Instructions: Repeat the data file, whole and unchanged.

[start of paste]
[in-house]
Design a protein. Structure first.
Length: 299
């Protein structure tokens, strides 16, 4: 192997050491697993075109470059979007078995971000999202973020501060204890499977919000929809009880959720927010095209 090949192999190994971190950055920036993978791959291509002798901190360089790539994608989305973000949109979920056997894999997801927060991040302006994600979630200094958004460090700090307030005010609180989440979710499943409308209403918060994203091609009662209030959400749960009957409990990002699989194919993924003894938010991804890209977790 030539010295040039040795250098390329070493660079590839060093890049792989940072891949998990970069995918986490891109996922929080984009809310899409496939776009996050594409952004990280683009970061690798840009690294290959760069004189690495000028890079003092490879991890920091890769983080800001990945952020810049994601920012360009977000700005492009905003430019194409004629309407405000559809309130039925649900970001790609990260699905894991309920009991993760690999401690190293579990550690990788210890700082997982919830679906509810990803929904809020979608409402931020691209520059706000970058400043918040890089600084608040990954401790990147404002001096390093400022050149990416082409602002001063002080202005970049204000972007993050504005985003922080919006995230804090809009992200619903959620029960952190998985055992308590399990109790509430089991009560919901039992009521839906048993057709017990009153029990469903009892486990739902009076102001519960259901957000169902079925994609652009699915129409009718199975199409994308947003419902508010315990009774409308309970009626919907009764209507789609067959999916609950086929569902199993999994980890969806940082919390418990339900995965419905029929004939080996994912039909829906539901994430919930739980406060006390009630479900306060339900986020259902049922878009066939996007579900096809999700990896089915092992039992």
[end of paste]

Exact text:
[in-house]
Design a protein. Structure first.
Length: 299
């Protein structure tokens, strides 16, 4: 192997050491697993075109470059979007078995971000999202973020501060204890499977919000929809009880959720927010095209 090949192999190994971190950055920036993978791959291509002798901190360089790539994608989305973000949109979920056997894999997801927060991040302006994600979630200094958004460090700090307030005010609180989440979710499943409308209403918060994203091609009662209030959400749960009957409990990002699989194919993924003894938010991804890209977790 030539010295040039040795250098390329070493660079590839060093890049792989940072891949998990970069995918986490891109996922929080984009809310899409496939776009996050594409952004990280683009970061690798840009690294290959760069004189690495000028890079003092490879991890920091890769983080800001990945952020810049994601920012360009977000700005492009905003430019194409004629309407405000559809309130039925649900970001790609990260699905894991309920009991993760690999401690190293579990550690990788210890700082997982919830679906509810990803929904809020979608409402931020691209520059706000970058400043918040890089600084608040990954401790990147404002001096390093400022050149990416082409602002001063002080202005970049204000972007993050504005985003922080919006995230804090809009992200619903959620029960952190998985055992308590399990109790509430089991009560919901039992009521839906048993057709017990009153029990469903009892486990739902009076102001519960259901957000169902079925994609652009699915129409009718199975199409994308947003419902508010315990009774409308309970009626919907009764209507789609067959999916609950086929569902199993999994980890969806940082919390418990339900995965419905029929004939080996994912039909829906539901994430919930739980406060006390009630479900306060339900986020259902049922878009066939996007579900096809999700990896089915092992039992």